Police going door-to-door in hunt for second marathon bomb suspe - KTTC Rochester, Austin, Mason City News, Weather and Sports

Police going door-to-door in hunt for second marathon bomb suspect

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BOSTON, Mass. (Fox 47) -- Police were donning bullet-proof vests and going door-to-door as a perimeter tightened in the Watertown section of Boston, where the second Boston Marathon bomber could be hiding.

Earlier, gunfire was heard in the area, a bullet -riddled SUV was recovered and multiple explosions echoed from inside a house in the area, following a chaotic night of mayhem that included the murder of a Massachusetts Institute of Technology police officer and a shootout with police, authorities said early Friday.

Police believe the two suspects from Monday's terror attack are brothers, Muslims possibly from Chechnya or a nearby region, according to sources who spoke to Fox News. The man on the loose was identified as Dzhokhar A. Tsarnaev, 19, of Cambridge, Mass. They are believed to have been here for 'several years,' sources said.

Schools are closed, train and bus service is suspended and police were telling residents of neighborhoods including Cambridge, Waltham, Watertown, Newton, Arlington and Belmont to stay indoors. Police have formed a wide perimeter and believe the suspect is on foot, armed and dangerous, inside.

"Suspect No. 1 is dead, Suspect Two is on the run," Massachusetts Gov. Deval Patrick said at a Friday morning press conference. "There is a massive manhunt underway."

The dead suspect, Tamerlan Tsarnaev, was shot multiple times in a gunfight with police Thursday night and pronounced dead at a hospital. Police also found a car believed to be registered to Tamerlan Tsarnaev in Boston, after earlier issuing a lookout bulletin to Connecticut State police.

Police in Maryland surrounded a home in an upscale suburb Montgomery Village, where the suspects' uncle, Ruslan Tsarni, is believed to live.

The suspects apparently surfaced just hours after the FBI released their imaged late Thursday afternoon, shooting the police officer, robbing a convenience store, carjacking a man who later escaped and engaging in a wild shootout with Boston police, in which they hurled explosives from their stolen car.

Boston Police Commissioner Ed Davis said on Twitter that one of the two suspects was killed and that the at-large suspect, labeled by the FBI as "suspect two" in the marathon bombing, was "armed and dangerous."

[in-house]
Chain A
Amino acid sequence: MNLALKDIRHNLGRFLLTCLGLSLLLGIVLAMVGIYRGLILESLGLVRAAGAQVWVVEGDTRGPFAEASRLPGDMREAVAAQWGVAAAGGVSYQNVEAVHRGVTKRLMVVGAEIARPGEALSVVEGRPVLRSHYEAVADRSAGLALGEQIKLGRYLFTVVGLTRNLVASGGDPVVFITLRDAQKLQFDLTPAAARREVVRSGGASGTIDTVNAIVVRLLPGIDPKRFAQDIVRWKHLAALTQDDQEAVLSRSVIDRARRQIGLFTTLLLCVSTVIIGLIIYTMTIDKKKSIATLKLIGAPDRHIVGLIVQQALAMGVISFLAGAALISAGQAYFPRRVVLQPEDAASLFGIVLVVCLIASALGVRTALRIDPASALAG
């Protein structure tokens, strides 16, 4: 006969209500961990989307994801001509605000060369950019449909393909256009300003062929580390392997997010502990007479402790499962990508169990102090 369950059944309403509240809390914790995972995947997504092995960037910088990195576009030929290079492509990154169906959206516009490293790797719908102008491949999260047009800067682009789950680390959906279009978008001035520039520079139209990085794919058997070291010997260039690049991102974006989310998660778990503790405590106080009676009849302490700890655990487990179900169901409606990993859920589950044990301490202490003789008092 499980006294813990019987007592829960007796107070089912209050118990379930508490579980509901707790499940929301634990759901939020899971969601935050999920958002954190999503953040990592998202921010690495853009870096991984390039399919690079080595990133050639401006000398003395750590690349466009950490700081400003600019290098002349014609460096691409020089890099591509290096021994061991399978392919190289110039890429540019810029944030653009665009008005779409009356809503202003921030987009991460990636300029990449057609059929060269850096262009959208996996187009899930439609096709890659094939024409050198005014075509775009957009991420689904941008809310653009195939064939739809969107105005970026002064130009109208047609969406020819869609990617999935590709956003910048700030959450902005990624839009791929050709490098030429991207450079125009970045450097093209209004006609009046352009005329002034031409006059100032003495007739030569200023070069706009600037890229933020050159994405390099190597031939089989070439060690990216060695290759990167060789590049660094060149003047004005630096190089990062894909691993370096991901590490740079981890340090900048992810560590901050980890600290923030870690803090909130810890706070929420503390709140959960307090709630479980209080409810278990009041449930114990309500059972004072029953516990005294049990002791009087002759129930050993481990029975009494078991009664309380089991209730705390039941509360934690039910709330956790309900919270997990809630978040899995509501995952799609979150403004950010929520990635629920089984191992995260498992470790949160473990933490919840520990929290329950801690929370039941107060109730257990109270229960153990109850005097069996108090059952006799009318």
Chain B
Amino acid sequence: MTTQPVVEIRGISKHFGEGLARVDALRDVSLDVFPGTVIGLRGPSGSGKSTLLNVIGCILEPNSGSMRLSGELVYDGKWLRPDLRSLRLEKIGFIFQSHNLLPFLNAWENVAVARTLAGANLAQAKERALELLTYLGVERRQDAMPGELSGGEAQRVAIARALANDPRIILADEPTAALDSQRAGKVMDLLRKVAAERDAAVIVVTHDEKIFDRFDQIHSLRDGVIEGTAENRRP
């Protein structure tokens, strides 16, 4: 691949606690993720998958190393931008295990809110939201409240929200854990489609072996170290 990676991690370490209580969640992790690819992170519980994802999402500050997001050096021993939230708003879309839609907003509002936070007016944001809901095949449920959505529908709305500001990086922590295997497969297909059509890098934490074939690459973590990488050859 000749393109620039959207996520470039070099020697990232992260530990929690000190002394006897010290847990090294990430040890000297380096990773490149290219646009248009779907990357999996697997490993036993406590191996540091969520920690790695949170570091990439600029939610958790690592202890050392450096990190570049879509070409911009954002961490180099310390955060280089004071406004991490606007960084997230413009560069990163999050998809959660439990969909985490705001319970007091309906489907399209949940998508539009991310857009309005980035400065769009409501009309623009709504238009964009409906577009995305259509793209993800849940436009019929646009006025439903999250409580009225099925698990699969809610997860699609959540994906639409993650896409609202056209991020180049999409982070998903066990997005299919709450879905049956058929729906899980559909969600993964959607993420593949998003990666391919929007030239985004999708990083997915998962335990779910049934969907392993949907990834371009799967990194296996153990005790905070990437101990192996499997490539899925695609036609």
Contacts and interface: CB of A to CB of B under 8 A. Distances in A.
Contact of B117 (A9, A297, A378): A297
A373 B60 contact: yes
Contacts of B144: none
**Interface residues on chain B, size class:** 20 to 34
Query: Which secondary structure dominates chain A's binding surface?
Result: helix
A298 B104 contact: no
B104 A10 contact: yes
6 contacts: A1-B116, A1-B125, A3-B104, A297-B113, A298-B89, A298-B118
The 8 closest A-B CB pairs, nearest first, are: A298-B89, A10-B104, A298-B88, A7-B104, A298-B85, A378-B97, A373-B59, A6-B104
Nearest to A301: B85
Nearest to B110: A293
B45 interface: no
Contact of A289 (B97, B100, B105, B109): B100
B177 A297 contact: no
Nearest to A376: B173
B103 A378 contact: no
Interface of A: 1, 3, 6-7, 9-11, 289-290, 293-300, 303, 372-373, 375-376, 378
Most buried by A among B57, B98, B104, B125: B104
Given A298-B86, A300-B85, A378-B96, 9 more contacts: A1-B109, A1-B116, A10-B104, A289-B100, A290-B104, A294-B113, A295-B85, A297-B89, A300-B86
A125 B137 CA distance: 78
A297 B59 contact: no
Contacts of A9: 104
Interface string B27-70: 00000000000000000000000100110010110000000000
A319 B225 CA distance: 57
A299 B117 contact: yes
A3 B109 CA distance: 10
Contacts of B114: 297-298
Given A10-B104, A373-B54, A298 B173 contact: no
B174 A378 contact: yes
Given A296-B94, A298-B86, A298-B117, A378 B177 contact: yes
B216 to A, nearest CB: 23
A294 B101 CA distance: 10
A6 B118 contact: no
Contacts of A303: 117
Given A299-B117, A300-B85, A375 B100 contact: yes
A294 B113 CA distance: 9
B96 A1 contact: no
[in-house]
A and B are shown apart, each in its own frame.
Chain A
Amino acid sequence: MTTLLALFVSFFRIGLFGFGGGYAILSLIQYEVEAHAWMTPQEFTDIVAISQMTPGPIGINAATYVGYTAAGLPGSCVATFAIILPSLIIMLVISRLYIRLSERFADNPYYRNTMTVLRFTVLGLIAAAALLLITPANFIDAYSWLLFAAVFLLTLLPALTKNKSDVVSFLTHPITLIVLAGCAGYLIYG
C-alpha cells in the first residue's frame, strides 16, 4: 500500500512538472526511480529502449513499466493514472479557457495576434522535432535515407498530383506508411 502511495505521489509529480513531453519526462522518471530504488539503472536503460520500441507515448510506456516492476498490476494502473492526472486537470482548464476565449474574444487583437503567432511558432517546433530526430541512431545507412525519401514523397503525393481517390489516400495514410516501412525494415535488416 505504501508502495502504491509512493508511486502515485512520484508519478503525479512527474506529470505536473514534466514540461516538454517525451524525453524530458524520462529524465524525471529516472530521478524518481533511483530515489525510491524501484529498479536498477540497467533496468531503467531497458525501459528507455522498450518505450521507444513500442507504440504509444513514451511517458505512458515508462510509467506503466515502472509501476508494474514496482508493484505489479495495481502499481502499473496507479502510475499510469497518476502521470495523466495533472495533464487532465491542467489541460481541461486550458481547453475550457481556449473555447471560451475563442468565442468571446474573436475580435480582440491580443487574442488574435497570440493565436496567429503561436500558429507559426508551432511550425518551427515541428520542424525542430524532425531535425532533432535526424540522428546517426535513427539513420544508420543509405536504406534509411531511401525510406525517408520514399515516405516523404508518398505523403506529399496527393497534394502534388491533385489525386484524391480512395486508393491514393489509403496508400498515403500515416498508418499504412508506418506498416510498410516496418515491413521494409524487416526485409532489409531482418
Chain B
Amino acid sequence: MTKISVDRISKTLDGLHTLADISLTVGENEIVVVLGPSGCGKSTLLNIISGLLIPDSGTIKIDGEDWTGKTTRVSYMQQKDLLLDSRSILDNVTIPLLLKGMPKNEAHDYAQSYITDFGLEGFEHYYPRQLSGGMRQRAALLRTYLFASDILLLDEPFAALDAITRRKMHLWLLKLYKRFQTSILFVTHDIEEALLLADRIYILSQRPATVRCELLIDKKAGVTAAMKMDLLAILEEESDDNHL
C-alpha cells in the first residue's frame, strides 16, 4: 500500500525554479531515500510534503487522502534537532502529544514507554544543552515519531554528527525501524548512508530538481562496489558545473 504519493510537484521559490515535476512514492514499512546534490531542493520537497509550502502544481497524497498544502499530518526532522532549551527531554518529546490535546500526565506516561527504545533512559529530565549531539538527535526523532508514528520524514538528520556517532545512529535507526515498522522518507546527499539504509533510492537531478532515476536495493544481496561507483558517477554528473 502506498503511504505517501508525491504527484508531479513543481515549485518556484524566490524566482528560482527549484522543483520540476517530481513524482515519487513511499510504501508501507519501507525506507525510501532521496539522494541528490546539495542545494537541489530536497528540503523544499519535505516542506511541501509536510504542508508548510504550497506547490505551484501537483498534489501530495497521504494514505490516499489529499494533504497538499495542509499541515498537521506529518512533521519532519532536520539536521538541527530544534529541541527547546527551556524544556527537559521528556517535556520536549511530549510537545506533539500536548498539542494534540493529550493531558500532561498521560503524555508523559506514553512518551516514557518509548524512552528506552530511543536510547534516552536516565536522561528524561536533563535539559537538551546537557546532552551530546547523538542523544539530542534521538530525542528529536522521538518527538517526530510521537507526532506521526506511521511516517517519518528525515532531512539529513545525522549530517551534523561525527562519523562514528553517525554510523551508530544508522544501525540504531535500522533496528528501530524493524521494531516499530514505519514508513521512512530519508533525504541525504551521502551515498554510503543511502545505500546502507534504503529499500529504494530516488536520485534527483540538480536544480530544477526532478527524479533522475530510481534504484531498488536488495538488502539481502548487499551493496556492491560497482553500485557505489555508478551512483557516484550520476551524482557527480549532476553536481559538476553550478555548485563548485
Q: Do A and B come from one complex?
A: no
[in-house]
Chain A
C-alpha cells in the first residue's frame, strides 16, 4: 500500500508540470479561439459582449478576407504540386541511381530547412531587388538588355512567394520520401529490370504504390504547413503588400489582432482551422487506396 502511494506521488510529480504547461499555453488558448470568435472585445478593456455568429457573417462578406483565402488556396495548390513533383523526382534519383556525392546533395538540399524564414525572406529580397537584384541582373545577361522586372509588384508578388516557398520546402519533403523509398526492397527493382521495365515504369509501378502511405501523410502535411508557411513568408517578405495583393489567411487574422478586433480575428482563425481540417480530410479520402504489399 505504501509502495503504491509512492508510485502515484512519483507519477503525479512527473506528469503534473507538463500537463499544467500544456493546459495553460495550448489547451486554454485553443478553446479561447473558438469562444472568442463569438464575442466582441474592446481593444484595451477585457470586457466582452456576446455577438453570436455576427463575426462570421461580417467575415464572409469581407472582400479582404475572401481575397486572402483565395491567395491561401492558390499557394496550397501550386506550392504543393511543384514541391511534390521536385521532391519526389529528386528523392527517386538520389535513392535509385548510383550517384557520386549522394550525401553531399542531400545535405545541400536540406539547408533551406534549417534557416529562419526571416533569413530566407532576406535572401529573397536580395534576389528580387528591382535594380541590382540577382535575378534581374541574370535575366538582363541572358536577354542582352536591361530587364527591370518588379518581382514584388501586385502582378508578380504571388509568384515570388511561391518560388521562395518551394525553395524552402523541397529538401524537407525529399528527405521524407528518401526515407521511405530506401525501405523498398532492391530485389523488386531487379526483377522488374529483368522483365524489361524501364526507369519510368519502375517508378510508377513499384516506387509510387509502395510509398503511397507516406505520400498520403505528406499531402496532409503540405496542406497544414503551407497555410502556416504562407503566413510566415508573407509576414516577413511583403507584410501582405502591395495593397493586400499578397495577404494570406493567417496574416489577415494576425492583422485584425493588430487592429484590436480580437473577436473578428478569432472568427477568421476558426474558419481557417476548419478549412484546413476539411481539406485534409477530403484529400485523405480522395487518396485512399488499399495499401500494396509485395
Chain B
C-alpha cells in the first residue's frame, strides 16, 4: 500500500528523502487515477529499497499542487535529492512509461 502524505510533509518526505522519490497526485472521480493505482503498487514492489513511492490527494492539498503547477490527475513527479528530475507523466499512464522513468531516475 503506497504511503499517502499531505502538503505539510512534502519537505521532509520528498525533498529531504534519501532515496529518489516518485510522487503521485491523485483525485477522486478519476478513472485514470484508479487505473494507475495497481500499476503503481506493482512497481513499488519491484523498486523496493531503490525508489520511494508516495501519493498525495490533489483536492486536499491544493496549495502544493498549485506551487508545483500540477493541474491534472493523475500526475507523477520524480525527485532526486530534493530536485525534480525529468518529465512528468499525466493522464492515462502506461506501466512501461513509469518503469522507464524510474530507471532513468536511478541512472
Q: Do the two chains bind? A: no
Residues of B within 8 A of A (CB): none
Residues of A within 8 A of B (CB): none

Authorities urged residents in Watertown, Newton, Waltham, Belmont, Cambridge and the Allston-Brighton neighborhoods of Boston to stay indoors. All mass transit was shut down.

"We believe this to be a terrorist," Davis said in a press conference. "We believe this to be a man who's come here to kill people. We need to get him in custody."

The Middlesex district attorney said the two men are suspected of killing the MIT police officer on campus late Thursday, then stealing a car at gunpoint and later releasing its driver unharmed. Hours earlier, police had released photos of the marathon bombing suspects and asked for the public's help finding them.

The suspects threw explosives from the car as police followed it into Watertown, according to the district attorney's news release. The suspects and police exchanged gunfire, and one of the suspects was critically injured and later died early Friday while the other escaped.

During the pursuit, a MBTA transit police officer was seriously injured and transported to the hospital, the news release states. He was identified as Richard H. Donahue Jr., 33, and was being treated at Mt. Auburn Hospital..

Hours earlier, police had released photos of the marathon bombing suspects and asked for the public's help finding them. A new photo of the suspect on the loose was released later showing him in a grey hoodie sweatshirt. It was taken at a 7-Eleven in Cambridge, just across the Charles River from Boston.

Dozens of officers and National Guard members descended on Watertown shortly after the shooting outside a building on MIT's campus in Cambridge, according to the Associated Press.

Authorities were calling for somebody to get on the ground and put their hands up and a loud thud was heard after someone shouted "fire in the hole," the news agency reported.

Witnesses told The Associated Press they heard multiple gunshots and explosions at about 1 a.m. Friday. Dozens of police officers and FBI agents were in the neighborhood and a helicopter circled overhead.

State police spokesman David Procopio told news agency, "The incident in Watertown did involve what we believe to be explosive devices possibly, potentially, being used against the police officers."

Doctors at Beth Israel Deaconess Medical Center in Boston where a suspect in the marathon bombings was taken and later died said they treated a man with a possible blast injury and multiple gunshot wounds. They wouldn't say if the patient they treated, who came in with police, was the suspect in the black hat from marathon surveillance footage.

Earlier Friday, Cambridge police and the Middlesex District Attorney's office said the MIT officer was responding to a report of a disturbance when he was shot multiple times late Thursday. He later died at a hospital. His name was not immediately released.

Procopio said the shooting took place about 10:30 p.m. outside an MIT building. The area was cordoned off and surrounded by responding law enforcement agencies, according to a posting on the university's website.

The shooting came little more than three days after the twin bombings on the Boston Marathon that killed three people, wounded more than 180 others and led to an increase in security across the city.

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